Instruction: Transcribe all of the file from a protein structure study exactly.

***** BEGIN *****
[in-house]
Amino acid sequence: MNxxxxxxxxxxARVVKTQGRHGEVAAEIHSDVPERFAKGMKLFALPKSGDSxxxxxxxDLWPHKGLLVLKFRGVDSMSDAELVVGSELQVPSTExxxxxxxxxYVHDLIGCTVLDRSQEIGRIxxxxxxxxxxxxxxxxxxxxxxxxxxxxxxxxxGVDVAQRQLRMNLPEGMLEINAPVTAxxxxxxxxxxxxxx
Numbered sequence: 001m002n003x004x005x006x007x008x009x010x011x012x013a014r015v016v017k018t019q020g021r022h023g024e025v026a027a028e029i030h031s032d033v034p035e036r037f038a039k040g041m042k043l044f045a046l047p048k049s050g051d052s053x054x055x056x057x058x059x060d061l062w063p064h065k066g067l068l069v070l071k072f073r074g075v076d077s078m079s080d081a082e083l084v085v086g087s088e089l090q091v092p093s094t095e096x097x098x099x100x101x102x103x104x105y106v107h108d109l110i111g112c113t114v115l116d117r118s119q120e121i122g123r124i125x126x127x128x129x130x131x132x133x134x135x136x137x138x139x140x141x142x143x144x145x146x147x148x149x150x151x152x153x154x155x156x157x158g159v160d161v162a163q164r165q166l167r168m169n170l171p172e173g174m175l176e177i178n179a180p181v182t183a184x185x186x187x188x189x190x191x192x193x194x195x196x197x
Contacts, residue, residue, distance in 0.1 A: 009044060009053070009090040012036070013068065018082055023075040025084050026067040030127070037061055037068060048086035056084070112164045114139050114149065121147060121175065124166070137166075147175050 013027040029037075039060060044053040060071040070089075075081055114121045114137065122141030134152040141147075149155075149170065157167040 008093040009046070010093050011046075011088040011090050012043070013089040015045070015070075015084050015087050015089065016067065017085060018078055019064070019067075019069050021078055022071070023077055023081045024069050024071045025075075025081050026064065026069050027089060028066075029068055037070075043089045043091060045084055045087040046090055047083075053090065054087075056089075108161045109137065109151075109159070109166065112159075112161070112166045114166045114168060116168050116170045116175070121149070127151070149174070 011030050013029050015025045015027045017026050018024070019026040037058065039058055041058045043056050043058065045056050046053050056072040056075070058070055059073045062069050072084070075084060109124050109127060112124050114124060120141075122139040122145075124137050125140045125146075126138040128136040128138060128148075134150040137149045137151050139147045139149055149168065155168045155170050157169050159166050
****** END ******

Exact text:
[in-house]
Amino acid sequence: MNxxxxxxxxxxARVVKTQGRHGEVAAEIHSDVPERFAKGMKLFALPKSGDSxxxxxxxDLWPHKGLLVLKFRGVDSMSDAELVVGSELQVPSTExxxxxxxxxYVHDLIGCTVLDRSQEIGRIxxxxxxxxxxxxxxxxxxxxxxxxxxxxxxxxxGVDVAQRQLRMNLPEGMLEINAPVTAxxxxxxxxxxxxxx
Numbered sequence: 001m002n003x004x005x006x007x008x009x010x011x012x013a014r015v016v017k018t019q020g021r022h023g024e025v026a027a028e029i030h031s032d033v034p035e036r037f038a039k040g041m042k043l044f045a046l047p048k049s050g051d052s053x054x055x056x057x058x059x060d061l062w063p064h065k066g067l068l069v070l071k072f073r074g075v076d077s078m079s080d081a082e083l084v085v086g087s088e089l090q091v092p093s094t095e096x097x098x099x100x101x102x103x104x105y106v107h108d109l110i111g112c113t114v115l116d117r118s119q120e121i122g123r124i125x126x127x128x129x130x131x132x133x134x135x136x137x138x139x140x141x142x143x144x145x146x147x148x149x150x151x152x153x154x155x156x157x158g159v160d161v162a163q164r165q166l167r168m169n170l171p172e173g174m175l176e177i178n179a180p181v182t183a184x185x186x187x188x189x190x191x192x193x194x195x196x197x
Contacts, residue, residue, distance in 0.1 A: 009044060009053070009090040012036070013068065018082055023075040025084050026067040030127070037061055037068060048086035056084070112164045114139050114149065121147060121175065124166070137166075147175050 013027040029037075039060060044053040060071040070089075075081055114121045114137065122141030134152040141147075149155075149170065157167040 008093040009046070010093050011046075011088040011090050012043070013089040015045070015070075015084050015087050015089065016067065017085060018078055019064070019067075019069050021078055022071070023077055023081045024069050024071045025075075025081050026064065026069050027089060028066075029068055037070075043089045043091060045084055045087040046090055047083075053090065054087075056089075108161045109137065109151075109159070109166065112159075112161070112166045114166045114168060116168050116170045116175070121149070127151070149174070 011030050013029050015025045015027045017026050018024070019026040037058065039058055041058045043056050043058065045056050046053050056072040056075070058070055059073045062069050072084070075084060109124050109127060112124050114124060120141075122139040122145075124137050125140045125146075126138040128136040128138060128148075134150040137149045137151050139147045139149055149168065155168045155170050157169050159166050